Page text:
July 2, 2016 12:33:33 am
The Union Government’s decision to allow 100 per cent foreign direct investment (FDI) in food retail is a bold move. It is also a historic move, one that will contribute towards enabling higher rural incomes, sprucing up farm infrastructure, and creating world class last mile distribution and retail infrastructure in the country. The decision is a strong endorsement of the sustainability of the market-driven approach in improving the food supply chain efficiency as well as increasing farm incomes.
Over the past two decades, India has rapidly transitioned from a low value to a high value agricultural economy. Two-thirds of the country’s agricultural and allied produce today consists of perishables like milk, horticultural produce, fishery, poultry and meat. However, the value capture for the farmer is still sub-optimal. Increased processing coupled with a robust distribution and retail chain will bring in much-needed technology infusion, result in capital deployment and lead to infrastructure creation for fully leveraging value addition in perishable commodities. This is, of course, true for secondary and tertiary processed food products. But increasing processing will also enable farmers to realise a higher value for fresh farm produce, which will be a sizable portion of retail trade.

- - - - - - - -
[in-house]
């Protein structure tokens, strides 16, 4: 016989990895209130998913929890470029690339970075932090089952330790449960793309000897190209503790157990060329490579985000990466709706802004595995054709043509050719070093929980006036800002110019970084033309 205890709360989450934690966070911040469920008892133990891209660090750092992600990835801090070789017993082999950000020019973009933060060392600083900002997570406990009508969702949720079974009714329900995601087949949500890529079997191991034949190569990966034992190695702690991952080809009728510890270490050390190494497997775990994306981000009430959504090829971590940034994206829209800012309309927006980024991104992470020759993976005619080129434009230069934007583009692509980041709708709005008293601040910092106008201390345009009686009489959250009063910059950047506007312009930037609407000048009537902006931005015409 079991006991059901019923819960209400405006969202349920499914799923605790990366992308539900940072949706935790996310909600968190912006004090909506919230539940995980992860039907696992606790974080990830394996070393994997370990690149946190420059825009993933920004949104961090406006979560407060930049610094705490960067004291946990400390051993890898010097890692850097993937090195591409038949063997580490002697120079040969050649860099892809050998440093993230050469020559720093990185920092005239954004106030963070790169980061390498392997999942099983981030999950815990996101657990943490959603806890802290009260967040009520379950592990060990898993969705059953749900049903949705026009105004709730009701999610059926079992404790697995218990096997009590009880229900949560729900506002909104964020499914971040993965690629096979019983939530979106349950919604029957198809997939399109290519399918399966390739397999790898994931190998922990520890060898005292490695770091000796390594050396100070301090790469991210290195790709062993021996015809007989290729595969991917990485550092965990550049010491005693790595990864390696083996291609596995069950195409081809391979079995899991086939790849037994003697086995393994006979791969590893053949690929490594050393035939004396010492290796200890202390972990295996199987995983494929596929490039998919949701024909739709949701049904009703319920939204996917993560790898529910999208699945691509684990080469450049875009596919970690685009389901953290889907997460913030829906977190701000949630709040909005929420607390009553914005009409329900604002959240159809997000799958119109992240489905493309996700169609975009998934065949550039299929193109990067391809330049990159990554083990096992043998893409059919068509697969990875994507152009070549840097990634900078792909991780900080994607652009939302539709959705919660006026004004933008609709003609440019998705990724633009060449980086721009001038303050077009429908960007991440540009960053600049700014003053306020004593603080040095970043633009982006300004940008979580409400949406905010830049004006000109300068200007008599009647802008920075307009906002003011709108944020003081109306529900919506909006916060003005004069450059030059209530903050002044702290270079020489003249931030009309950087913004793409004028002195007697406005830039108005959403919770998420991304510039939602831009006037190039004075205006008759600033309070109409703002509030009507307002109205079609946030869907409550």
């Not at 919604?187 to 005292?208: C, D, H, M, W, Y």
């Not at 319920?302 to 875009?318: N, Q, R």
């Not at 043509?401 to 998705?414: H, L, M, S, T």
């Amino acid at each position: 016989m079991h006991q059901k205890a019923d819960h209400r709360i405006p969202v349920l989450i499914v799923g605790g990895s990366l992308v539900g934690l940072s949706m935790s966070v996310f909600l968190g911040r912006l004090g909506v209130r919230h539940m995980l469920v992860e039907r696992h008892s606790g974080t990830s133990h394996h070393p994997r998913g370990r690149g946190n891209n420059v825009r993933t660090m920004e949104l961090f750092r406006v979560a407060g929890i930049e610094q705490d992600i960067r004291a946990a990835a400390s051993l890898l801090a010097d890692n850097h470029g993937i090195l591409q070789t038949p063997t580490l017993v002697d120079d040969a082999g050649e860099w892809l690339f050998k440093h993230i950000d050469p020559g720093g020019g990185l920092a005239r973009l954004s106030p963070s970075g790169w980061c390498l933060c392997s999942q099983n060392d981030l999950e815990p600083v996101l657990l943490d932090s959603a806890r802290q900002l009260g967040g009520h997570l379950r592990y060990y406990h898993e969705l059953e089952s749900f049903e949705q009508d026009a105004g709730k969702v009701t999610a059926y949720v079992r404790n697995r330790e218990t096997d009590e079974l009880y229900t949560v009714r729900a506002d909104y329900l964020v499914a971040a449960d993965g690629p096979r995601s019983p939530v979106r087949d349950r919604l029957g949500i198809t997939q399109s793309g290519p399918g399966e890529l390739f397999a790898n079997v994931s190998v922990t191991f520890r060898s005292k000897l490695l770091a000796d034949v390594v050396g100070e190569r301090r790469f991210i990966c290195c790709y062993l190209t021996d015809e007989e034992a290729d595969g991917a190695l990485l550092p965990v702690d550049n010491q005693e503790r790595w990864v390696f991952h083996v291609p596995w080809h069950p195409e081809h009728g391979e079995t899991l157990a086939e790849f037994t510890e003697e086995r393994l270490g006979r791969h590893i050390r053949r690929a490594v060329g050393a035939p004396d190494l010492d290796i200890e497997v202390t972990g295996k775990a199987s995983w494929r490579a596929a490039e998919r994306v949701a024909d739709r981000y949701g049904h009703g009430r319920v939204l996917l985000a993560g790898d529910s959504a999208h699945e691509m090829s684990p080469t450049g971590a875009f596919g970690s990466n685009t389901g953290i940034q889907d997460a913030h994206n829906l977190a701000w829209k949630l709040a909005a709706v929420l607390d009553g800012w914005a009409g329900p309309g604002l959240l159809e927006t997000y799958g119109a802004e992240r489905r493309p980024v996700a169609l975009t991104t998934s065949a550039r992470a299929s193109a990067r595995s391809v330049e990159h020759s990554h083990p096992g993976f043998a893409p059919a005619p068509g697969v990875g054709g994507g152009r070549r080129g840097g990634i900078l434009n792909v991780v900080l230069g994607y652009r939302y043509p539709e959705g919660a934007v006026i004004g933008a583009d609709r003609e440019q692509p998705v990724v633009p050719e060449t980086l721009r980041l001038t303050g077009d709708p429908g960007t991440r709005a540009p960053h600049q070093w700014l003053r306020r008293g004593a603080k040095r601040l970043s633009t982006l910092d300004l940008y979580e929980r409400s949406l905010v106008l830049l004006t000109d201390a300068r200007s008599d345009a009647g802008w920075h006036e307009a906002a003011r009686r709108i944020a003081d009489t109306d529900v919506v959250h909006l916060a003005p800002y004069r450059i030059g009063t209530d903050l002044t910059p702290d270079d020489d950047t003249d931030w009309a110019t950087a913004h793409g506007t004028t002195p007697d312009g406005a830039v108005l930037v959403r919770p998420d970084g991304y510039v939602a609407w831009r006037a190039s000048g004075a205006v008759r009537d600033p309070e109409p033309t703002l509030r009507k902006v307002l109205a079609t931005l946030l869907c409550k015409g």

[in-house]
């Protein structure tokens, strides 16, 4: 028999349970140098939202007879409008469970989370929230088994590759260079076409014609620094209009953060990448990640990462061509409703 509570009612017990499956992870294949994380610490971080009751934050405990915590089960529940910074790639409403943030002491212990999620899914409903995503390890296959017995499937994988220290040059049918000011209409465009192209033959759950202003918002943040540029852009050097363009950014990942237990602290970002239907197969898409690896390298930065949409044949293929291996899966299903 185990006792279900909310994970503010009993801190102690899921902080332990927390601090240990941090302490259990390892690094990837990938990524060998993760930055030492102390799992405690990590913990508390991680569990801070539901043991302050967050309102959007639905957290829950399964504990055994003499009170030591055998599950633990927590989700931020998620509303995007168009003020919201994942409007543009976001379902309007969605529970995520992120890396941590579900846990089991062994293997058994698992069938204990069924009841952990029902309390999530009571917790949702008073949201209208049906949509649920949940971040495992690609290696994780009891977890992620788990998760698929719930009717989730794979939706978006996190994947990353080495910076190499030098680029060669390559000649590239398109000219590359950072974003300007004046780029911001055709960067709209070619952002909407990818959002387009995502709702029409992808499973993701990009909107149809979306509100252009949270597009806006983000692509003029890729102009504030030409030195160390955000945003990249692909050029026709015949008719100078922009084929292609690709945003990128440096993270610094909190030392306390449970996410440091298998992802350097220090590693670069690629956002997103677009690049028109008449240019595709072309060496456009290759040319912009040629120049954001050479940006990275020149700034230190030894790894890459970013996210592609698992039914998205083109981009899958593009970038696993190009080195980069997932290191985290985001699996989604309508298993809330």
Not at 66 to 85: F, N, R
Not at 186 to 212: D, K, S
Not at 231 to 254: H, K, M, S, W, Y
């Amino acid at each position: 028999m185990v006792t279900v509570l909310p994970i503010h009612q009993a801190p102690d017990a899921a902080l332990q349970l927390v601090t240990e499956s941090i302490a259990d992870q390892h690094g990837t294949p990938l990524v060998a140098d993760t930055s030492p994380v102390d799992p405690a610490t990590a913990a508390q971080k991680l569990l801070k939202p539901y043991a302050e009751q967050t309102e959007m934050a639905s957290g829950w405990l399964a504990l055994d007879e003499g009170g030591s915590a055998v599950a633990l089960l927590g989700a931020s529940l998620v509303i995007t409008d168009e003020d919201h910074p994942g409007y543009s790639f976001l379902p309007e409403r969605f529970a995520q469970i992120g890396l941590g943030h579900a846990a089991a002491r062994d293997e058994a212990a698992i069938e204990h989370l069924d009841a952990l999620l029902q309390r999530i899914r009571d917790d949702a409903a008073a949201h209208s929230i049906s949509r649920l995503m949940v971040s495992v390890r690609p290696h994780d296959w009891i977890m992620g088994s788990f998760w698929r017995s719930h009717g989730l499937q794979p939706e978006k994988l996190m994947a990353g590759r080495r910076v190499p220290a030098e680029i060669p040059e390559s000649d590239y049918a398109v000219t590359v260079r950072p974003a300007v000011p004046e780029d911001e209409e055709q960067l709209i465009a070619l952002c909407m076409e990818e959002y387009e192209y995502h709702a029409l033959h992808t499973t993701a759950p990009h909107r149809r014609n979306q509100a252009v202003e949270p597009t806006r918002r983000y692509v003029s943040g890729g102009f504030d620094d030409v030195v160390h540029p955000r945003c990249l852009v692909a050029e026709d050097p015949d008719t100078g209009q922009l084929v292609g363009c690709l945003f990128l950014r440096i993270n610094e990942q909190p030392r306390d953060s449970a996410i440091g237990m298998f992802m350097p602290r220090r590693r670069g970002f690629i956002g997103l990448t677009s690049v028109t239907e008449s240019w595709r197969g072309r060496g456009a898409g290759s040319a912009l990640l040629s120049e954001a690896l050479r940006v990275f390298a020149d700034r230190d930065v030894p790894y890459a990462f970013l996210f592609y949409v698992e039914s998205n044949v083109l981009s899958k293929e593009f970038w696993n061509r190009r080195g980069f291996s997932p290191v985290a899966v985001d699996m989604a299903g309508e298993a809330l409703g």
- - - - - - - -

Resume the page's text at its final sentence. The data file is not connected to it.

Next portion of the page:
The announcement assumes much significance in view of the fact that only 10 per cent of perishables in the country undergo processing today — in fact, the figure for fruits and vegetables is an abysmal 2 per cent. Besides giving a boost to food processing, FDI in retail is going to incentivise creation of back-end infrastructure, reduce wastage, control food inflation, create employment opportunities and increase farm incomes. The move also complements the government’s aggressive promotion of large-scale food parks and cold chain infrastructure in the country’s rural interiors.
The announcement is also in consonance with the government’s larger move to make the farm supply chain an efficient, transparent and robust one. It has to be seen together with the National Agri Market initiative. The initiative has the potential to create the world’s largest integrated spot market for agricultural produce with the advantages of significantly enlarged market access for the farmer.
FDI in food retail has the potential to leverage ‘Make in India’ and ‘Produce in India’ themes for the larger benefit of the farmer. It will enable the small farmer to leverage IT and e- commerce for market access and provide economies of scale to the smallest among them. There are already instances where back end farm production and front end consumer activity have combined to enhance efficiency in the overall agricultural value chain.
The landmark announcement, in a sense, completes a trilogy that holds the key to government’s intent to shore up the agricultural value chain. A strong back end (National Agri Market), a vibrant middle (Make in India) will now acquire a robust front end — FDI in retail. This will help create a world class integrated agricultural supply chain infrastructure in the country and in turn boost the Indian farmer’s income.
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